Montfort continues with a beautiful description of Marys faith, and the description would fit his own faith as well: "Therefore the more you gain the friendship of this noble Queen and faithful Virgin, the more you will be inspired by faith in your daily life. It will cause you to depend less on sensible and extraordinary feelings. For it is a lively faith animated by love enabling you to do everything from no other motive than that of pure love. It is a firm faith, unshakable as a rock, prompting you to remain firm and steadfast in the midst of storms and tempests. It is an active and probing faith which like some mysterious pass-key admits you into the mysteries of Jesus Christ and of mans final destiny and into the very heart of God himself. It is a courageous faith which inspires you to undertake and carry out without hesitation great things for God and the salvation of souls. Lastly, this faith will be your flaming torch, your very life with God, your secret fund of divine Wisdom, and an all-powerful weapon for you to enlighten those who sit in darkness and in the shadow of death. It inflames those who are lukewarm and need the goal of fervent love. It restores to life those who are dead through sin. It moves and transforms hearts of marble and cedars of Lebanon by gentle and convincing argument. Finally, this faith will strengthen you to resist the devil and the other enemies of salvation" (TD 214).
"Pure" faith animated by "pure love" is Montforts ideal; throughout his life he showed a firm faith, unshakable as a rock, which enabled him to overcome all his trials. His faith admitted him into "the mysteries of Jesus": Jesus Wisdom, the triumphant Jesus crucified. "A courageous faith which inspires you to undertake . . . great things for God and the salvation of souls": this sums up Montforts "missionary career."7
IV. RELEVANCE OF MONTFORTS CONTRIBUTION TO THE SUBJECT OF FAITH
Montforts life and writings emphasize two aspects of faith.
1. Faith in general
a. A faith based on the essentials.
While accepting authentic signs that God may give usincluding Marys "interventions" or "apparitions"it may be helpful to point out that they are not of the essence of faith. They can help us only insofar as they refer us to "pure faith," by calling us to constant conversion. In this respect, the advice repeatedly given by Father de Montfort to exercise caution concerning reputed apparitions, locutions, etc., is very relevant today. It is clear indeed that Mary cannot possibly invite her children to rise against those whom her Son has commissioned to lead his Church.
b. A faith lived in union with the Magisterium.
At a time when the authentic role of the Magisterium is questioned in various areas, it may be worthwhile to refer to Montforts attitude towards the official teaching authority of the Church. The saints experience was inevitably influenced by his time and his cultural background, as has been repeatedly underlined. Nonetheless, he set his mind and heart on the essentials. He was aware that faith is first and foremost a gift, in terms of its content and of our personal response to it; it cannot be the result of human endeavor. As a virtue it is a gift from the Holy Spirit; a gift of the essential truths, it must be received as the Word of God read according to the tradition of the Church. This tradition does not embrace the past only; rather, it is alive and continues in the life of the Church, the people of God. Therefore it is not the exclusive field of the Magisterium as such. The new insights and discoveries (which may enrich the faith) resulting from facing the many daunting contemporary issues and problems belong also to the field of research for theologians and to the experience of the faithful. Montforts life and writings testify to this. The saint also firmly reminds us, however, that far from excluding confident and intelligent reference to the authentic teaching of the Magisterium, this attitude of openness posits it. It is a condition necessary for keeping in harmony with the faith of the Church, and Christ himself willed it to be so (cf. 1 Tim 3:15).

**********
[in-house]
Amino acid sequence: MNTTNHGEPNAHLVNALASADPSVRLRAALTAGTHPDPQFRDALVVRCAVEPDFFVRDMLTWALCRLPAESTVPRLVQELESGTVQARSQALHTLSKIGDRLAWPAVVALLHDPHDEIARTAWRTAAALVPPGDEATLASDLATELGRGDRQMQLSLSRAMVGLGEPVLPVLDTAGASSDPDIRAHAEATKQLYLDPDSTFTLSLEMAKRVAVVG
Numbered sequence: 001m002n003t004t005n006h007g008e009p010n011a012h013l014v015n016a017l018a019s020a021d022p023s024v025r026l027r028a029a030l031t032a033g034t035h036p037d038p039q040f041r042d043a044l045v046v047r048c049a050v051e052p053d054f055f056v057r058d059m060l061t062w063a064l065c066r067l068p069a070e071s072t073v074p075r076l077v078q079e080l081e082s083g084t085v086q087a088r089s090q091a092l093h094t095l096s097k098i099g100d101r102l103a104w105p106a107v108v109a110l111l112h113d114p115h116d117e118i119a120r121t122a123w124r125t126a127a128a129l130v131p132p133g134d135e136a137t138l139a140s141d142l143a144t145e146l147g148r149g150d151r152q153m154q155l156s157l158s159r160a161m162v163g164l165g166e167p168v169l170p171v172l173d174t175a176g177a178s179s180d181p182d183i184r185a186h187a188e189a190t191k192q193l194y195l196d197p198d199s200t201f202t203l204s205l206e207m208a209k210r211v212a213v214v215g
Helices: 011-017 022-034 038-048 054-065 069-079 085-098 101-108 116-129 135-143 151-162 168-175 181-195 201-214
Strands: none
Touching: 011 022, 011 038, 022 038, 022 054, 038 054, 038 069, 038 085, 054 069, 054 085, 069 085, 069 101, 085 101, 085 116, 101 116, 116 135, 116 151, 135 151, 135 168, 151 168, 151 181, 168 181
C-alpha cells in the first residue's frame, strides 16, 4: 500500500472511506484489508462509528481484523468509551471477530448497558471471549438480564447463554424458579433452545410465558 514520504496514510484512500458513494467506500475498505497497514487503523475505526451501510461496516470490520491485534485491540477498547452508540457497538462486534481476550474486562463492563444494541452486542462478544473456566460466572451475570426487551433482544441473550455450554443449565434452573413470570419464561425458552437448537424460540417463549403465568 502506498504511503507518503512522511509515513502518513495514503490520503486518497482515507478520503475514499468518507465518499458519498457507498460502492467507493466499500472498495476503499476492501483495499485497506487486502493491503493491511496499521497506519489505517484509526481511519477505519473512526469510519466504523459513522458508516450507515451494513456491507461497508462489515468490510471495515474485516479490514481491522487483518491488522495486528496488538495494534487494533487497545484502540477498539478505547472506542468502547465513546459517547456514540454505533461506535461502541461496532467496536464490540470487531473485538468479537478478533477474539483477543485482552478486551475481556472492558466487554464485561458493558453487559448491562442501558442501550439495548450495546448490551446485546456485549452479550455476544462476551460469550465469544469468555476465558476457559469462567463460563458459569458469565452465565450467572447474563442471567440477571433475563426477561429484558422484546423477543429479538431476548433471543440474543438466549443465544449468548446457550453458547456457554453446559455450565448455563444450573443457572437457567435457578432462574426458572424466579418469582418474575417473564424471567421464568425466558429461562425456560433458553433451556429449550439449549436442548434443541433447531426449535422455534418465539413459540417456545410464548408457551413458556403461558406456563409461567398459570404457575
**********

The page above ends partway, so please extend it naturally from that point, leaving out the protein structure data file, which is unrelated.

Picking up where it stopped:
2. The faith of Mary
In this section we will concentrate on the teaching of the Second Vatican Council and on Pope John Paul IIs encyclical Redemptoris mater.
a. In Lumen gentium.
We have seen how much importance Saint Louis Marie attached to the faith of Mary. The faith of Mary appears as one of the keys to the proper understanding of LG, chap. 8: the whole of Marys life on earth is described as a "pilgrimage of faith." Mary at the Incarnation is seen by the Council Fathers "not merely as passively engaged by God, but as freely cooperating in the work of mans salvation through faith and obedience" (LG 56); she "advanced in her pilgrimage of faith and faithfully persevered in her union with her Son unto the Cross" (LG 58; cf. LG 60); she is the model of the Church "in the order of faith," even in her maternal fecundity (LG 63; cf. LG 65); finally, "Mary, in a way, unites in her person and re-echoes the most important doctrines of the faith: and when she is the subject of preaching and worship she prompts the faithful to come to her Son, to his sacrifice and to the love of the Father" (LG 65). Montforts wording is different. Nonetheless, it is easy to recognize his thought and, particularly with reference to the faith of Mary as model of the Churchs faith, to supplement his teaching with the contributions made by Vatican II.
b. In the encyclical Redemptoris mater.
Pope John Paul II himself tells us about the importance of the theme of Marys faith: "In these reflections I wish to consider primarily that pilgrimage of faith in which the Blessed Virgin advanced [LG 58], faithfully preserving her union with Christ" (Redemptoris mater, 5). There are evident points of convergence with Montforts teaching.